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Native Orientalists in Pakistan

17 Pages Posted: 3 May 2012 Last revised: 6 May 2012

M. Shahid Alam

Northeastern University

Date Written: May 3, 2012

Abstract

The Orientalist enterprise of Western writers has received a great deal of critical attention since the publication of Edward Said’s Orientalism in 1978. As Western academics have learned to bring more objectivity and empathy to their study of the Islamicate, a growing number of Muslim academics, novelists and journalists – in their home countries and the diaspora – have started looking at themselves through new Orientalist constructs that serve the interests of Western powers. This native Orientalism was a minor affair during the Cold War but it has grown dramatically since the launching of the West’s so-called global war against terror. This essay examines the manner in which native Orientalists in Pakistan – writing mostly in the English language – have been supporting America’s so-called global war against terror.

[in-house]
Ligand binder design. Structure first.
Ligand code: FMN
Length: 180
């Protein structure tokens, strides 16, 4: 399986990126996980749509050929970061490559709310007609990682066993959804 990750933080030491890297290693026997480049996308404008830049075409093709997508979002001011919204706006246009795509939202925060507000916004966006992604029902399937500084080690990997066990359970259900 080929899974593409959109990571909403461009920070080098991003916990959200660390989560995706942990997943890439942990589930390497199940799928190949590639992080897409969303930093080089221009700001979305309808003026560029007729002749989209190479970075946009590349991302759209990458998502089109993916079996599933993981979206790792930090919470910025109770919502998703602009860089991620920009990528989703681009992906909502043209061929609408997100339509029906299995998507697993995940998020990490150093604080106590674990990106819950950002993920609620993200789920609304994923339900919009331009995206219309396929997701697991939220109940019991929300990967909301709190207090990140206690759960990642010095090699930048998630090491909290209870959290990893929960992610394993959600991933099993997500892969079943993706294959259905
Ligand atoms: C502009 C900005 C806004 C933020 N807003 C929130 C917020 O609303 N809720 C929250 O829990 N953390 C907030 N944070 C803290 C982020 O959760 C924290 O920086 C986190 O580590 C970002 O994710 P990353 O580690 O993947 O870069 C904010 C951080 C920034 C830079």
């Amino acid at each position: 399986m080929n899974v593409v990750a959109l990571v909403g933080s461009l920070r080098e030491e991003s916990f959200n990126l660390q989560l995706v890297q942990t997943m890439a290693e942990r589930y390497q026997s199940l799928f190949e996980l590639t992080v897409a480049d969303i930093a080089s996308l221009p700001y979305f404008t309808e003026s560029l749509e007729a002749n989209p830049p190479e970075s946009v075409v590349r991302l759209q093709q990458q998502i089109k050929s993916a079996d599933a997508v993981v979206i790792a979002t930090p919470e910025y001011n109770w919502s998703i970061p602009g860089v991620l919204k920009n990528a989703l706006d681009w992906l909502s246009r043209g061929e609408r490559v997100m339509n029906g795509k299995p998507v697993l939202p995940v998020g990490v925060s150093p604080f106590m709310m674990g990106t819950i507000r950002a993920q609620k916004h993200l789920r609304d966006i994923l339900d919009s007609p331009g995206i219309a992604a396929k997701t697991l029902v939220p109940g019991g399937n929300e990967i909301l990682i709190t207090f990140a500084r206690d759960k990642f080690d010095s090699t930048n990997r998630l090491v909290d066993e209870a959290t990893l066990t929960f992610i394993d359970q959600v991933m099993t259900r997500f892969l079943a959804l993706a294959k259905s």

Keywords: Native Orientalists, Native Informers, Native Informants, Neocolonialism, Edward Said, Dabashi, Pakistan, Newspapers, Global War Against Terror, Islam, Afghanistan, Taliban, Fanon, Cesaire, Brown Sahibs, British, Britain, United States

Suggested Citation

Alam, M. Shahid, Native Orientalists in Pakistan (May 3, 2012). Available at SSRN: https://ssrn.com/abstract=2050547 or http://dx.doi.org/10.2139/ssrn.2050547

Mohammad Alam (Contact Author)

Northeastern University ( email )

Boston, MA 02115
United States

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